Business owners tend to feel that if they are not able to get a loan from a bank, then they are out of luck. However, that is not the case. Those needing funding have several alternatives to bank loans.
Many different kinds of business loans are available, with different qualification requirements, terms and rates. Each one is meant for a different business requirement, which leaves the majority of business owners thinking about how small business financing works.
Lines of Credit
A line of credit is good for a business owner with good credit wanting a cash cushion. However, it is not a suitable option if you are launching a new business or have bad credit.
In a line of credit, a bank gives you access to a set amount of money, and you can draw from the line whenever you want to. Credit lines can be revolving or fixed. With the former, the line of credit resets once the balance is paid in full.
A line of credit creates a cushion to cover unforeseen expenses, and it comes in handy especially when you require funds fast. Banks often offer unsecured and secured lines of credit. For a secured credit line, you need to offer up something as collateral.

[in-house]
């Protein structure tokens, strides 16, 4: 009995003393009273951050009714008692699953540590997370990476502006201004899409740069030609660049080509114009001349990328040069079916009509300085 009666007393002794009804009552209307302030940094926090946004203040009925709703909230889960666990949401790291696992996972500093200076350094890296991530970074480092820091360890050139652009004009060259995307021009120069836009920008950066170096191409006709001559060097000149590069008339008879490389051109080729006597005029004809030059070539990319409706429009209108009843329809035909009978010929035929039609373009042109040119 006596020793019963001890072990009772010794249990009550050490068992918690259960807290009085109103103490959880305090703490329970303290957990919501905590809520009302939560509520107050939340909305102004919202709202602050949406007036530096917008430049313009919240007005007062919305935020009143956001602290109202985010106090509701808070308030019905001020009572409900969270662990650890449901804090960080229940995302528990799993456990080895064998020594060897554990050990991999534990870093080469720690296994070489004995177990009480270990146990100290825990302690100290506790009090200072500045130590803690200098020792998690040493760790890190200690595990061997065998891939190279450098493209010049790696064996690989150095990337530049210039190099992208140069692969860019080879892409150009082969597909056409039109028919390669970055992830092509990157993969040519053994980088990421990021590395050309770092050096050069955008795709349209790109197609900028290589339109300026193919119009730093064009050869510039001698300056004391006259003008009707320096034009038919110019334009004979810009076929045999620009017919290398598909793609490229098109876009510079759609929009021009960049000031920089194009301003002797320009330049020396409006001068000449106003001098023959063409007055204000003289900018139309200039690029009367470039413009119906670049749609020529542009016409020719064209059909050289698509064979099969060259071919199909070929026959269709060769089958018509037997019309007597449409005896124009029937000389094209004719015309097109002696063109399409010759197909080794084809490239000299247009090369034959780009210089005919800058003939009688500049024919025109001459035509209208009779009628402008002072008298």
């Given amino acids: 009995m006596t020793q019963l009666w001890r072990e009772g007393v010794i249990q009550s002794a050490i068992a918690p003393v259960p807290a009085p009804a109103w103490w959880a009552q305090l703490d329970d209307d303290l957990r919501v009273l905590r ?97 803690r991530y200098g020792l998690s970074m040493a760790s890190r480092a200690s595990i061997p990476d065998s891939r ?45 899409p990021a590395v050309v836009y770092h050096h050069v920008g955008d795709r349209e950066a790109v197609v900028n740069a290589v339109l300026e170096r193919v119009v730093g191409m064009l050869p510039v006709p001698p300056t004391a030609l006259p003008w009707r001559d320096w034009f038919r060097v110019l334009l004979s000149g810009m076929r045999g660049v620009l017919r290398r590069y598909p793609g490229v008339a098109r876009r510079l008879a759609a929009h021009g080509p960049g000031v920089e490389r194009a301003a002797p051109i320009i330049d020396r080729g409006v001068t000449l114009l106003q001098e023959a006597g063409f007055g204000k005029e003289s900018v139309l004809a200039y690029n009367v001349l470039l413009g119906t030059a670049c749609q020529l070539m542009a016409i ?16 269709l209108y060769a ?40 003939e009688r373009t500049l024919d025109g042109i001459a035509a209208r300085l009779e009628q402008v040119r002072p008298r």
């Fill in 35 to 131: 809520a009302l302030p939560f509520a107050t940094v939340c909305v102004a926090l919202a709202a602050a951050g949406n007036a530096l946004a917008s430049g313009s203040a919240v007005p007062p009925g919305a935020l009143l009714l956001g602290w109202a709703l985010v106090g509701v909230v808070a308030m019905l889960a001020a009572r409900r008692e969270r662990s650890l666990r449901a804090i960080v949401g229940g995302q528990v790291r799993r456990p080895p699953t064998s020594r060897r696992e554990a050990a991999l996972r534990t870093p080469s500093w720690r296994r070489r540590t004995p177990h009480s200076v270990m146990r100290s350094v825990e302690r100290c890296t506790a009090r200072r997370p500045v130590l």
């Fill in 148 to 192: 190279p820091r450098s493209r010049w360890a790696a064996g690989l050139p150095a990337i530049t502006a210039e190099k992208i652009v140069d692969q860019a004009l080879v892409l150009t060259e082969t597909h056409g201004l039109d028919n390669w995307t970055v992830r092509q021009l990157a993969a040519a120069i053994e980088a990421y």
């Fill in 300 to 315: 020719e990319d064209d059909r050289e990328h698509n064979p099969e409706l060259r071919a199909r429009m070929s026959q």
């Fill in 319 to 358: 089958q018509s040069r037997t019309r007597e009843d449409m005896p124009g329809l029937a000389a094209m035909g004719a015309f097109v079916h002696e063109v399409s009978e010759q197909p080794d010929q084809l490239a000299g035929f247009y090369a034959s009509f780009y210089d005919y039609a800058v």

However, it is not easy to qualify for a line of credit. It takes as long a time to process as a term loan. However, if you can wait for that bank’s call, and feel that there is a good chance to secure a bank product, then this is a good kind of loan to have.
It is good for fixing cash flow issues, which stem from unpaid invoices. However, it is not worth considering if you do not invoice customers or yours is a B2C business.
With invoice financing, you use your accounts receivable to obtain an advance from a lending company. The invoice due from your client essentially secures this form of loan.
With this business loan type, a lending institution advances you a portion of your overall invoice amount, while holding onto the remaining portion. You can use this cash advance to cover your business costs when you wait for your client to pay. Meanwhile, your cash advance provider will charge a small weekly fee. Once your client pays you, it will give back the remaining portion, minus fees.